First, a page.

From chaos to minds (was Re: Military in or out?)

From: Gordon Worley (
Date: Tue Feb 27 2001 - 22:41:54 MST

At 8:52 PM -0500 2/27/01, Mark Walker wrote:
> > Eliezer wrote:
>> > The initial conditions for humans are too complex and too
> > > constant for us to draw that conclusion about minds in general.

But we do have enough data to make conclusions about the universe (at
least this part of it) in general, which minds are a part of and
must, therefore, conform to. More below.

>If life always emerges out of chaos still we would need further
>proof that it is always life like the stuff on
>earth--e.g., carbon based. So if minds always emerge we would still need
>further proof that they are like the ones on earth.

A valid point, but ...

>All that we can conclude
>about minds in general, from the fact that humans think like this, is that
>one species of minds in general think like this. To conclude anything else
>is to go beyond the data. (Deja-vu of course for students of German

... when dealing with the future, one must always extrapolate. Not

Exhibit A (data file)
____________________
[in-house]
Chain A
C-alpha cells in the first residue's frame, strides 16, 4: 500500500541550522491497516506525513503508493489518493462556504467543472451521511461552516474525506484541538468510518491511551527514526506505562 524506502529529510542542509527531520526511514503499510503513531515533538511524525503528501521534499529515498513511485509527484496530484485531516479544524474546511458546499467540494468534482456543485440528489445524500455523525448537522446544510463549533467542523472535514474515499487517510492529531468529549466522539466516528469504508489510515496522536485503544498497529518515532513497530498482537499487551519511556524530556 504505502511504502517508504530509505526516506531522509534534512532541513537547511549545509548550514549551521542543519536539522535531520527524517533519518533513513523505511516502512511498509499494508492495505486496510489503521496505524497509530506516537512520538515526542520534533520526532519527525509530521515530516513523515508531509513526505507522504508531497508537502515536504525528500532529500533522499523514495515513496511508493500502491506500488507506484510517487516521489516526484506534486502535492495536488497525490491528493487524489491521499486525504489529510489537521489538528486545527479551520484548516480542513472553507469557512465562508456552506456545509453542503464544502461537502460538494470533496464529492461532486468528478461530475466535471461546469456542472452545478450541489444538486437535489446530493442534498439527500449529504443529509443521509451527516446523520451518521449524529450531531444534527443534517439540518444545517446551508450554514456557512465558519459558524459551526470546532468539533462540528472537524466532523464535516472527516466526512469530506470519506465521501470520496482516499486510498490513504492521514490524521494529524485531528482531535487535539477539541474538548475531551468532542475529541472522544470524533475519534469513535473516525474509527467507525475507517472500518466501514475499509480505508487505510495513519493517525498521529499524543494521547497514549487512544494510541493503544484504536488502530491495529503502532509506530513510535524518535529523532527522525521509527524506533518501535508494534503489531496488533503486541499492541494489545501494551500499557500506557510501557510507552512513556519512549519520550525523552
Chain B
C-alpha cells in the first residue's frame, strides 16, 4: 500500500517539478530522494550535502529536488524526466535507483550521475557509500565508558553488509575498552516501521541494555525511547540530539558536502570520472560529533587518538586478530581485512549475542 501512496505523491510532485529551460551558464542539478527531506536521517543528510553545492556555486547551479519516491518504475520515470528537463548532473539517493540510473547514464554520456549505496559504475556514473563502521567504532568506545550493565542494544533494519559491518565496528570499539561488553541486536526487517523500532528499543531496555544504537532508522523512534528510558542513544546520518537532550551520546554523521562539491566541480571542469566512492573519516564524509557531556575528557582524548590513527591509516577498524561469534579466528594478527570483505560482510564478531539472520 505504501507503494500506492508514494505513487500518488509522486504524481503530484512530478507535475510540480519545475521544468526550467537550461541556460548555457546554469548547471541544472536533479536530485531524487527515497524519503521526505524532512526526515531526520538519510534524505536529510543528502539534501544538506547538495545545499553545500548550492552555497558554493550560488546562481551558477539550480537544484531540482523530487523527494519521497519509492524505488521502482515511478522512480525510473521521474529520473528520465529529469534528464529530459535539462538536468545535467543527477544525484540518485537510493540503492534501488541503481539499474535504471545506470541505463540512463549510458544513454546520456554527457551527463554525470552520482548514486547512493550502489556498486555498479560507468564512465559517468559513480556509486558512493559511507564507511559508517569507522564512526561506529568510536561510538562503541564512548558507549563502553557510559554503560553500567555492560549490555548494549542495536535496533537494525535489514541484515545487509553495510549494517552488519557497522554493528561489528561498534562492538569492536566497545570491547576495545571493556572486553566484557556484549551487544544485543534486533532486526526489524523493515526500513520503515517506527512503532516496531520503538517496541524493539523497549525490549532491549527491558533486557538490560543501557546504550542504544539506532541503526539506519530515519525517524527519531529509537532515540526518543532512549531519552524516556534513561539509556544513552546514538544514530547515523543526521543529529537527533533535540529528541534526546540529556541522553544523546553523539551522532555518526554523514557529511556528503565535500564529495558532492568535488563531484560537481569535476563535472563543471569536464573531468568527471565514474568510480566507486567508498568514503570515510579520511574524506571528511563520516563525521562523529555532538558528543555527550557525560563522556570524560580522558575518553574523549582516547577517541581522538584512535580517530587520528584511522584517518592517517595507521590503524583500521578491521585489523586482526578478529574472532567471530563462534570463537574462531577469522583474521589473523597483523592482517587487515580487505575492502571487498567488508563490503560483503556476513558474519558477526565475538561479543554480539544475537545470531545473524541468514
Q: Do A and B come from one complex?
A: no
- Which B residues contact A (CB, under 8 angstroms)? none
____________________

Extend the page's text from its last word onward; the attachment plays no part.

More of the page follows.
only in minds, but in general we see that there is emergent behavior.
Even outside of living systems there is emergent behavior. If you
look at crystels, they contain complex patterns that develop out of a
few ridges. On a much larger scale, planets organize themsleves into
systems around stars and stars organize into galaxies and galaxies
into clusters and so on. When we look at the universe, it always
grows to levels of more and more order. From this, it would be
reasonable to state that minds will always emerge and that they will
likely work the way they do on Earth. Why? For the same reason that
stars in one galaxy behave the same way as those in another:
symmetry. Unless symmetry is proven to be broken in some way, all
minds will eventually work the same way (though the intermediary
steps may vary a bit). Personally, I doubt that symmetry would bend
for something like the mind, which is just much better organized
matter, when it has proven ridge with unorganized and somewhat
organized matter.

Gordon Worley
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